Politics

Out democrat Keturah Herron is running to bring big change to Kentucky

Keturrah Heron
Photo: Provided by the LGBTQ Victory Fund

Democrat Keturah Herron has a reputation for getting things done. A longtime activist and social justice advocate, she is currently running to become the first out LGBTQ person ever elected to the Kentucky state House of Representatives.

“I identify as a Black, queer, masculine-presenting woman who has been directly impacted by the criminal legal system,” Herron told LGBTQ Nation. “I really believe that it’s all of those different identities that makes me qualified and makes me allowed to stand in space and advocate and write policies for things I know will help our community.”

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A former policy strategist for the ACLU, Herron was largely responsible for the unanimous passage of Breonna’s Law that banned no-knock warrants in the city of Louisville – where 26-year-old Breonna Taylor was killed by police after they forcibly entered her apartment with a no-knock warrant.

Herron also contributed to getting a version of the law passed at the state level that places limits on the use of no-knock warrants across Kentucky.

She hopes a victory for her will inspire LGBTQ young people, whether they are second graders or college students.

“We do this work on a day-to-day basis knowing we’re just here to plant seeds and get us further along, but it’s going to be the people who come behind us who are going to be the ones to make the change we really want to see.”

Herron is running against Republican Judy Stallard in a special election in the state’s 42nd district. The election came about after the current Rep. Reginald Meeks (D) announced his retirement.

The election takes place this Tuesday, February 22nd, though early voting has already begun.

Meeks announced his retirement in December, so Herron had to make a quick decision to run. She had been thinking about running for office for a long time and had even gone through a training program for Democratic women.

“I looked back at the life I’ve had, the advocacy work I’ve done, my life experiences…[and I realized] this aligns. So I decided to say, ‘yeah I’ll run and make this happen.'”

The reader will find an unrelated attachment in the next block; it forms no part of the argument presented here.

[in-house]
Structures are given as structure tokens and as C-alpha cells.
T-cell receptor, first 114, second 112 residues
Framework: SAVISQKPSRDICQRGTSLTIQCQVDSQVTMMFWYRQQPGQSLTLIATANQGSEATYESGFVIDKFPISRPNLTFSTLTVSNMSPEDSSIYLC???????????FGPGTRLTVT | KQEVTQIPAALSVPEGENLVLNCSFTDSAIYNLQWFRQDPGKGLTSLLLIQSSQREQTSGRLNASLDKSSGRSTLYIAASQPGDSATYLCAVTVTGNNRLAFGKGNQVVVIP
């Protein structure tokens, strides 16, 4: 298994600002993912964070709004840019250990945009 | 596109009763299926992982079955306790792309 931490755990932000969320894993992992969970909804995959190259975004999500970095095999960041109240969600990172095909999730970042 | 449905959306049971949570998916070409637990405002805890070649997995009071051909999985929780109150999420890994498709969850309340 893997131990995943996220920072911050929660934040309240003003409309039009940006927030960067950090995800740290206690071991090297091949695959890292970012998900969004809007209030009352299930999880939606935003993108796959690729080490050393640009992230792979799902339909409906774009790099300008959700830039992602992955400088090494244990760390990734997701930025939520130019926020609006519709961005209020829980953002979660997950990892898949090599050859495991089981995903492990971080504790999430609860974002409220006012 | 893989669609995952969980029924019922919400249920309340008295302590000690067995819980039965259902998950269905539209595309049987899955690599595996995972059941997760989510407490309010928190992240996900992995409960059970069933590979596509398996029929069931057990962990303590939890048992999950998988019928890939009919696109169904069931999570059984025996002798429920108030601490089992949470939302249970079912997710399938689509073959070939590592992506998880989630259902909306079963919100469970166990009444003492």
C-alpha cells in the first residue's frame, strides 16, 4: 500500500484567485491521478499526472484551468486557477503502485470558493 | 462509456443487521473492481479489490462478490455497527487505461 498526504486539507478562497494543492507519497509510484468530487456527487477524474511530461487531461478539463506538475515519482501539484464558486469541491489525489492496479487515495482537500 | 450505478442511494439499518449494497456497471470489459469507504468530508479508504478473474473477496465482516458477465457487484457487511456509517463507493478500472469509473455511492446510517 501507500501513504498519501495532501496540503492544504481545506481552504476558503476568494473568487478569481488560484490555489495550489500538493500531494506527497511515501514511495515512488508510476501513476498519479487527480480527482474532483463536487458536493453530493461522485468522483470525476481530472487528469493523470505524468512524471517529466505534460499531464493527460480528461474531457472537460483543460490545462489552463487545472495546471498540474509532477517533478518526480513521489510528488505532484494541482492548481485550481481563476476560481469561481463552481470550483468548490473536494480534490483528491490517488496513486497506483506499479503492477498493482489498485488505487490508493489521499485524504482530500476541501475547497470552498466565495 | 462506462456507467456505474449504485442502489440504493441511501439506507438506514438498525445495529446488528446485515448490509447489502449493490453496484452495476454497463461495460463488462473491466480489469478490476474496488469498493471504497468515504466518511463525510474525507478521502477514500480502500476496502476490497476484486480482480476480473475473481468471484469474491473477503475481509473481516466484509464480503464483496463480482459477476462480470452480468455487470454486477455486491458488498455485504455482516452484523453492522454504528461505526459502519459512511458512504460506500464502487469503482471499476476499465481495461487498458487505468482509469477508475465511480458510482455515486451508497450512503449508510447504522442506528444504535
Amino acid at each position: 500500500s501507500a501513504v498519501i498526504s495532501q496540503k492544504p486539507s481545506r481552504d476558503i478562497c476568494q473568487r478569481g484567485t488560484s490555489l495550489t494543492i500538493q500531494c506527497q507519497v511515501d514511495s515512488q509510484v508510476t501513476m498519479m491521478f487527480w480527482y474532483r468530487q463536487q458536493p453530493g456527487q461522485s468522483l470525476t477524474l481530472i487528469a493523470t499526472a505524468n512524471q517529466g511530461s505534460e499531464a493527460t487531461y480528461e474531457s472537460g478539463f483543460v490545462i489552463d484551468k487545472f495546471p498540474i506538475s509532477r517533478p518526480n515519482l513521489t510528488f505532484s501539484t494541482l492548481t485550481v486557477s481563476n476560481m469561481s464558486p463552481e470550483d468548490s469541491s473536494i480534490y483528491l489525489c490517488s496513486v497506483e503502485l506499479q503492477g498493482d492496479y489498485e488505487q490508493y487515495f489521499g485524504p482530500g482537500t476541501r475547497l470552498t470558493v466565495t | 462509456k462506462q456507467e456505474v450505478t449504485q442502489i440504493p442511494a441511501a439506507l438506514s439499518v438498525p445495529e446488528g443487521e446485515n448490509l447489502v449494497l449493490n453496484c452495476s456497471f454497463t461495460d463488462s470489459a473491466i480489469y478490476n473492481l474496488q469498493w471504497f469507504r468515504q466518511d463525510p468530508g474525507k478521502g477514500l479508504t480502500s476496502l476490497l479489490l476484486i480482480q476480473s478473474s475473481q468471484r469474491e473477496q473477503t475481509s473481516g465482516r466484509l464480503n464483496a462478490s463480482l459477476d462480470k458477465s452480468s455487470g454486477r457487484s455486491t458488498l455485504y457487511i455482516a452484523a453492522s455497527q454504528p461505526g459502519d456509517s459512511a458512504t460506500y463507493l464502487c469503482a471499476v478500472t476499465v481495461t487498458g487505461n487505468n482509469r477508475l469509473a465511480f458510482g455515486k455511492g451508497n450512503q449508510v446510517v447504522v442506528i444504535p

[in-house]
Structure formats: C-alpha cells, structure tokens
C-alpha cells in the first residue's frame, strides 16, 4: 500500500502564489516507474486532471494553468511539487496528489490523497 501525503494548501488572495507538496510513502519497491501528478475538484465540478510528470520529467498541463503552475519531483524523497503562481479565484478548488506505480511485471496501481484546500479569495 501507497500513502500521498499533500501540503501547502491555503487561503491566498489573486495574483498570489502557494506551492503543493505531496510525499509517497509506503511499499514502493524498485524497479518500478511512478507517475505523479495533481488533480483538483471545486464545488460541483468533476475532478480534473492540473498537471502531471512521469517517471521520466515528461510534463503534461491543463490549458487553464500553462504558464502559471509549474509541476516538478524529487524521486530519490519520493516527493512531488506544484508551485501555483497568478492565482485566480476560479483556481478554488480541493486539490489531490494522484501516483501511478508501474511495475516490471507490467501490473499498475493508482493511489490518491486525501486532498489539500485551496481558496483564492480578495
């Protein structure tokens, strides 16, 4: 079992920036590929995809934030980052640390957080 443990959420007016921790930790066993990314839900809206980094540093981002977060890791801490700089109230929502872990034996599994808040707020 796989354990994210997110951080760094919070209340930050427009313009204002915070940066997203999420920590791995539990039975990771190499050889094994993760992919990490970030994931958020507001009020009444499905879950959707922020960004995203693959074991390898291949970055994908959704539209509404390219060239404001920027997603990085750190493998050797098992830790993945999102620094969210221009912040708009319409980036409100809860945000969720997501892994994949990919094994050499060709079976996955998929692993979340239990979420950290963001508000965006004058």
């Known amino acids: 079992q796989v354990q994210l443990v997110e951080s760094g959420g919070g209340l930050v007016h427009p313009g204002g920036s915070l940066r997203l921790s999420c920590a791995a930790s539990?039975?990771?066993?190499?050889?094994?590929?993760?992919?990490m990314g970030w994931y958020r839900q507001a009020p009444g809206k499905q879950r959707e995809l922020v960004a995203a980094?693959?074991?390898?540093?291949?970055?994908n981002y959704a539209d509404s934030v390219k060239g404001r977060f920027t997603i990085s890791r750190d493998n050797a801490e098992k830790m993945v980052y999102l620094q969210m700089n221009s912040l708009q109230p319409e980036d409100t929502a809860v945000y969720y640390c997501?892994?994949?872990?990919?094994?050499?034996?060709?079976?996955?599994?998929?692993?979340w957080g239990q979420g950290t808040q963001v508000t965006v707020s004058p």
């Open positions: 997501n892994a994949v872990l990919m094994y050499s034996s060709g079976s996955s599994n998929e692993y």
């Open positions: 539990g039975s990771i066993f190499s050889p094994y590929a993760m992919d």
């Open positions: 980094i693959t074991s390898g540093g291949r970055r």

In office, Herron hopes to focus on voting rights, a cause she has already spent years championing, as Kentucky is one of only three states that permanently bans those with felony convictions from voting. Herron wants to change that.

“It’s part of our constitution,” she explained. “So we would need to get a new piece of legislation passed for the people of Kentucky to vote on.”

She also hopes to create a state office of violence prevention that would address gun violence, domestic violence, suicide, and child abuse as public health issues.

“I believe that we’re seeing a tremendous amount of violence, not just locally but across the nation, and I believe we have to look at that from a public health standpoint.”

Herron also discussed Kentucky’s lacking statewide protections for LGBTQ people. She plans to work with the Fairness Campaign – a state LGBTQ advocacy organization that has helped 22 Kentucky communities pass anti-discrimination ordinances – to continue fighting “for full fairness across the state.”

“If we don’t get fairness statewide, [we must] continue to do the work in smaller communities,” Herron said.

From her years of work as an activist and advocate, Herron has learned that getting things done means being willing to have conversations with people you may not normally sit down with.

“I’m really hoping to bring in an energy that we can get away from party politics and really start talking about issues and values of people. That’s how I’ve been able to be successful…When it came to Breonna’s Law, I talked about the value of human life.”

And it worked. Breonna’s Law not only passed the Louisville Metro Council unanimously, but it did so in just 17 days.

In these final days leading up to the election, Herron said she is feeling good. She has been working hard knocking on doors, doing radio ads, and appearing in podcasts. Now, it’s up to the voters.

“Being out to see people and see their excitement has been amazing,” she said. “I feel good. I think we’ve done everything we can in a short period of time.”

Herron is also running in District 42’s general election; the primary will take place on May 17.

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